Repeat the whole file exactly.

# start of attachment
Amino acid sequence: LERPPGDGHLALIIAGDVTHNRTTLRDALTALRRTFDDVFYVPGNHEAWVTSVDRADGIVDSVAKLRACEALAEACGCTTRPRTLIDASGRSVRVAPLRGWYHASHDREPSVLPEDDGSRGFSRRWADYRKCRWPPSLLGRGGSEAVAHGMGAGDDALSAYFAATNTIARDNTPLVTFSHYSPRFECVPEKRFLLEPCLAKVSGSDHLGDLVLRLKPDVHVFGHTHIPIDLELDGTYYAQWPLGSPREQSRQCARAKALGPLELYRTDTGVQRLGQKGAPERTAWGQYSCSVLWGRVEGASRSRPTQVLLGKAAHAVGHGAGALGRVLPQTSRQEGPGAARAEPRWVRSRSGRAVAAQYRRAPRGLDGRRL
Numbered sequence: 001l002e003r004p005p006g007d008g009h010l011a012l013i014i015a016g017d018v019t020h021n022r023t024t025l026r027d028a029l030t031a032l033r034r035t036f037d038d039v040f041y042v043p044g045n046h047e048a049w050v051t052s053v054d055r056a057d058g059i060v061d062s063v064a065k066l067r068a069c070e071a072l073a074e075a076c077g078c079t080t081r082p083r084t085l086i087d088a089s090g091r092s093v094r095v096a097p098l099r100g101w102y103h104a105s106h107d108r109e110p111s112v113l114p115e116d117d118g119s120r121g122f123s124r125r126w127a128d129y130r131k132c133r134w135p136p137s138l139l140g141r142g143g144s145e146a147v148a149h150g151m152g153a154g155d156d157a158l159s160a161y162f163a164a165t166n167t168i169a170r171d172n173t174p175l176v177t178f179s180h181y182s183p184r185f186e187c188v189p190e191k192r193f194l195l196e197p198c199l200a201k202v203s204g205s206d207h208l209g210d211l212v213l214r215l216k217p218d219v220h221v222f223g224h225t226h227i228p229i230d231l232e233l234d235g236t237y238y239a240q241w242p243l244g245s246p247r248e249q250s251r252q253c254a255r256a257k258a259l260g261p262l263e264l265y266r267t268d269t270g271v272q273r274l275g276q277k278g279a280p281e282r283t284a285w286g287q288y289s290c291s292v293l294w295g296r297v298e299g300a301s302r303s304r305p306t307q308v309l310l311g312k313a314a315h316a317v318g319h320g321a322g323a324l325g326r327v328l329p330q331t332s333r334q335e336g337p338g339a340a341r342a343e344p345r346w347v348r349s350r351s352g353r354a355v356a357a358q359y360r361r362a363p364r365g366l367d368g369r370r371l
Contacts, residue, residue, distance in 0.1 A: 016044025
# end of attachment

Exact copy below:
Amino acid sequence: LERPPGDGHLALIIAGDVTHNRTTLRDALTALRRTFDDVFYVPGNHEAWVTSVDRADGIVDSVAKLRACEALAEACGCTTRPRTLIDASGRSVRVAPLRGWYHASHDREPSVLPEDDGSRGFSRRWADYRKCRWPPSLLGRGGSEAVAHGMGAGDDALSAYFAATNTIARDNTPLVTFSHYSPRFECVPEKRFLLEPCLAKVSGSDHLGDLVLRLKPDVHVFGHTHIPIDLELDGTYYAQWPLGSPREQSRQCARAKALGPLELYRTDTGVQRLGQKGAPERTAWGQYSCSVLWGRVEGASRSRPTQVLLGKAAHAVGHGAGALGRVLPQTSRQEGPGAARAEPRWVRSRSGRAVAAQYRRAPRGLDGRRL
Numbered sequence: 001l002e003r004p005p006g007d008g009h010l011a012l013i014i015a016g017d018v019t020h021n022r023t024t025l026r027d028a029l030t031a032l033r034r035t036f037d038d039v040f041y042v043p044g045n046h047e048a049w050v051t052s053v054d055r056a057d058g059i060v061d062s063v064a065k066l067r068a069c070e071a072l073a074e075a076c077g078c079t080t081r082p083r084t085l086i087d088a089s090g091r092s093v094r095v096a097p098l099r100g101w102y103h104a105s106h107d108r109e110p111s112v113l114p115e116d117d118g119s120r121g122f123s124r125r126w127a128d129y130r131k132c133r134w135p136p137s138l139l140g141r142g143g144s145e146a147v148a149h150g151m152g153a154g155d156d157a158l159s160a161y162f163a164a165t166n167t168i169a170r171d172n173t174p175l176v177t178f179s180h181y182s183p184r185f186e187c188v189p190e191k192r193f194l195l196e197p198c199l200a201k202v203s204g205s206d207h208l209g210d211l212v213l214r215l216k217p218d219v220h221v222f223g224h225t226h227i228p229i230d231l232e233l234d235g236t237y238y239a240q241w242p243l244g245s246p247r248e249q250s251r252q253c254a255r256a257k258a259l260g261p262l263e264l265y266r267t268d269t270g271v272q273r274l275g276q277k278g279a280p281e282r283t284a285w286g287q288y289s290c291s292v293l294w295g296r297v298e299g300a301s302r303s304r305p306t307q308v309l310l311g312k313a314a315h316a317v318g319h320g321a322g323a324l325g326r327v328l329p330q331t332s333r334q335e336g337p338g339a340a341r342a343e344p345r346w347v348r349s350r351s352g353r354a355v356a357a358q359y360r361r362a363p364r365g366l367d368g369r370r371l
Contacts, residue, residue, distance in 0.1 A: 016044025